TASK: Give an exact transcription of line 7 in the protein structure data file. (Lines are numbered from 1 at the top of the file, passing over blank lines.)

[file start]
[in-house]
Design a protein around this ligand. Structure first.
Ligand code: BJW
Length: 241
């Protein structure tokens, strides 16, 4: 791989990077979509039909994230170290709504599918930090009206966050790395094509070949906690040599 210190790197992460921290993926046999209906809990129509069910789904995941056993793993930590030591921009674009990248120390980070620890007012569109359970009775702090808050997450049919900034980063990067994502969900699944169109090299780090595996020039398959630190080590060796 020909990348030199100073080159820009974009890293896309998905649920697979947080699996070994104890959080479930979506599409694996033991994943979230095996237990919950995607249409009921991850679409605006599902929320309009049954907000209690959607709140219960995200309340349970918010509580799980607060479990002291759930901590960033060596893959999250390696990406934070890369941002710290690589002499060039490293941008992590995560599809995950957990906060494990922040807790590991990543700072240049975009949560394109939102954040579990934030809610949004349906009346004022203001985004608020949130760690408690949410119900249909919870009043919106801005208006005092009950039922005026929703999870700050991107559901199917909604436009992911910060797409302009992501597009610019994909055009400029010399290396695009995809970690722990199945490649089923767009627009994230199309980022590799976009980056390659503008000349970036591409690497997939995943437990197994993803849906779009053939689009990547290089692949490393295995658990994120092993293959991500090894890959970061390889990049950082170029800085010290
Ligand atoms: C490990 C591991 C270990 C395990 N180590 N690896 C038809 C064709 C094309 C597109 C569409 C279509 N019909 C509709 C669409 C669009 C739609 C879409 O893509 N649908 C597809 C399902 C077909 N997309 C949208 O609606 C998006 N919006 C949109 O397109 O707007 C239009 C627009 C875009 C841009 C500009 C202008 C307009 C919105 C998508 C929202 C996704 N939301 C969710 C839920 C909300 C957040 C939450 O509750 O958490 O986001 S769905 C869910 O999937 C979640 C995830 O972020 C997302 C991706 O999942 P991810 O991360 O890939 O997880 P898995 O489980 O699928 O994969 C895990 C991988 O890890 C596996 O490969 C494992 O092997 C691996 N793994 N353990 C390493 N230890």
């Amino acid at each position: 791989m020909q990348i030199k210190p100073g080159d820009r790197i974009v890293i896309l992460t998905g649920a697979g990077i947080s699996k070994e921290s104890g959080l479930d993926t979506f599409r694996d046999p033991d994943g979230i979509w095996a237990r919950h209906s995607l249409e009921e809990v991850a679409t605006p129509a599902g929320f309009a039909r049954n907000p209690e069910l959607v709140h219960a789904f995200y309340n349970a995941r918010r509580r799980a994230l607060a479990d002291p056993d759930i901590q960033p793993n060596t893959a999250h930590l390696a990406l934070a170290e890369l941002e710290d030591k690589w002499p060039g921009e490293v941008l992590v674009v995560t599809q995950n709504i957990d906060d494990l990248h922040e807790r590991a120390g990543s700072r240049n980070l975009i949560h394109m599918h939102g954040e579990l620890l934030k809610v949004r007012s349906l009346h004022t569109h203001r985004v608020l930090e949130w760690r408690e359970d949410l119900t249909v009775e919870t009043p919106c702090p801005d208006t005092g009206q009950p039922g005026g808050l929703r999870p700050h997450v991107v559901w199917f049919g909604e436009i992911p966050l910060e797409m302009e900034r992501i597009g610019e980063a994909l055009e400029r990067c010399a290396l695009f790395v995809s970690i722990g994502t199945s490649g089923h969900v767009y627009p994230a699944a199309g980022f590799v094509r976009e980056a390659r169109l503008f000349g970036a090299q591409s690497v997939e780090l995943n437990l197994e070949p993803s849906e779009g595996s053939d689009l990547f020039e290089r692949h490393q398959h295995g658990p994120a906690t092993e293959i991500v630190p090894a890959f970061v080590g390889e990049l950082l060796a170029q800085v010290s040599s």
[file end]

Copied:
């Amino acid at each position: 791989m020909q990348i030199k210190p100073g080159d820009r790197i974009v890293i896309l992460t998905g649920a697979g990077i947080s699996k070994e921290s104890g959080l479930d993926t979506f599409r694996d046999p033991d994943g979230i979509w095996a237990r919950h209906s995607l249409e009921e809990v991850a679409t605006p129509a599902g929320f309009a039909r049954n907000p209690e069910l959607v709140h219960a789904f995200y309340n349970a995941r918010r509580r799980a994230l607060a479990d002291p056993d759930i901590q960033p793993n060596t893959a999250h930590l390696a990406l934070a170290e890369l941002e710290d030591k690589w002499p060039g921009e490293v941008l992590v674009v995560t599809q995950n709504i957990d906060d494990l990248h922040e807790r590991a120390g990543s700072r240049n980070l975009i949560h394109m599918h939102g954040e579990l620890l934030k809610v949004r007012s349906l009346h004022t569109h203001r985004v608020l930090e949130w760690r408690e359970d949410l119900t249909v009775e919870t009043p919106c702090p801005d208006t005092g009206q009950p039922g005026g808050l929703r999870p700050h997450v991107v559901w199917f049919g909604e436009i992911p966050l910060e797409m302009e900034r992501i597009g610019e980063a994909l055009e400029r990067c010399a290396l695009f790395v995809s970690i722990g994502t199945s490649g089923h969900v767009y627009p994230a699944a199309g980022f590799v094509r976009e980056a390659r169109l503008f000349g970036a090299q591409s690497v997939e780090l995943n437990l197994e070949p993803s849906e779009g595996s053939d689009l990547f020039e290089r692949h490393q398959h295995g658990p994120a906690t092993e293959i991500v630190p090894a890959f970061v080590g390889e990049l950082l060796a170029q800085v010290s040599s």